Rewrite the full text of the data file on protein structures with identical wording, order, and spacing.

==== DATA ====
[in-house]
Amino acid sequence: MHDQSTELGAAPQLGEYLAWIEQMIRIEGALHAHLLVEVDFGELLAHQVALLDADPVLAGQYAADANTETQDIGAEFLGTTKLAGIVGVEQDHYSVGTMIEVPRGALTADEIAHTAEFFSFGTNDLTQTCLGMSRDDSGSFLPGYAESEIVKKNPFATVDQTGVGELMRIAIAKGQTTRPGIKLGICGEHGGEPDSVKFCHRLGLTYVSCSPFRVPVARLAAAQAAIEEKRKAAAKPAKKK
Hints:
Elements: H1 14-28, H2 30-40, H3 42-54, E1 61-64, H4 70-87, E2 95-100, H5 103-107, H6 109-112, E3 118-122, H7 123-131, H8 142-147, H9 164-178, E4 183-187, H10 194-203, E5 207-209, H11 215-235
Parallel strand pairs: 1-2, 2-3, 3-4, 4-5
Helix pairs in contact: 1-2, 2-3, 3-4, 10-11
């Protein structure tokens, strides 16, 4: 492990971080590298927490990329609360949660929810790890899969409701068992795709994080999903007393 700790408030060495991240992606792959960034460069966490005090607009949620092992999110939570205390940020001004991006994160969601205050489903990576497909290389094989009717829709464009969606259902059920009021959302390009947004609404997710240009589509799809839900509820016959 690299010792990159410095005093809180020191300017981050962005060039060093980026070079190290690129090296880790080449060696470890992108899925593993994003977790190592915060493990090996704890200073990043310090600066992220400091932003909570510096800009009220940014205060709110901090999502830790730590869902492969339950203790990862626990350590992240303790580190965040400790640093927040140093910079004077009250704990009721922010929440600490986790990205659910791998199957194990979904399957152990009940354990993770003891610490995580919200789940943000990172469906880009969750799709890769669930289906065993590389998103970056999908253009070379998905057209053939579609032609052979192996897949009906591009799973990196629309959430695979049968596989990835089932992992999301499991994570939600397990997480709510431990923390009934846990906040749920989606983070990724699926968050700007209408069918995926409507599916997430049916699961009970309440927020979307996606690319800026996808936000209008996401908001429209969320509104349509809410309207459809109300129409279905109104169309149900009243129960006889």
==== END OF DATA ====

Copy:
[in-house]
Amino acid sequence: MHDQSTELGAAPQLGEYLAWIEQMIRIEGALHAHLLVEVDFGELLAHQVALLDADPVLAGQYAADANTETQDIGAEFLGTTKLAGIVGVEQDHYSVGTMIEVPRGALTADEIAHTAEFFSFGTNDLTQTCLGMSRDDSGSFLPGYAESEIVKKNPFATVDQTGVGELMRIAIAKGQTTRPGIKLGICGEHGGEPDSVKFCHRLGLTYVSCSPFRVPVARLAAAQAAIEEKRKAAAKPAKKK
Hints:
Elements: H1 14-28, H2 30-40, H3 42-54, E1 61-64, H4 70-87, E2 95-100, H5 103-107, H6 109-112, E3 118-122, H7 123-131, H8 142-147, H9 164-178, E4 183-187, H10 194-203, E5 207-209, H11 215-235
Parallel strand pairs: 1-2, 2-3, 3-4, 4-5
Helix pairs in contact: 1-2, 2-3, 3-4, 10-11
């Protein structure tokens, strides 16, 4: 492990971080590298927490990329609360949660929810790890899969409701068992795709994080999903007393 700790408030060495991240992606792959960034460069966490005090607009949620092992999110939570205390940020001004991006994160969601205050489903990576497909290389094989009717829709464009969606259902059920009021959302390009947004609404997710240009589509799809839900509820016959 690299010792990159410095005093809180020191300017981050962005060039060093980026070079190290690129090296880790080449060696470890992108899925593993994003977790190592915060493990090996704890200073990043310090600066992220400091932003909570510096800009009220940014205060709110901090999502830790730590869902492969339950203790990862626990350590992240303790580190965040400790640093927040140093910079004077009250704990009721922010929440600490986790990205659910791998199957194990979904399957152990009940354990993770003891610490995580919200789940943000990172469906880009969750799709890769669930289906065993590389998103970056999908253009070379998905057209053939579609032609052979192996897949009906591009799973990196629309959430695979049968596989990835089932992992999301499991994570939600397990997480709510431990923390009934846990906040749920989606983070990724699926968050700007209408069918995926409507599916997430049916699961009970309440927020979307996606690319800026996808936000209008996401908001429209969320509104349509809410309207459809109300129409279905109104169309149900009243129960006889």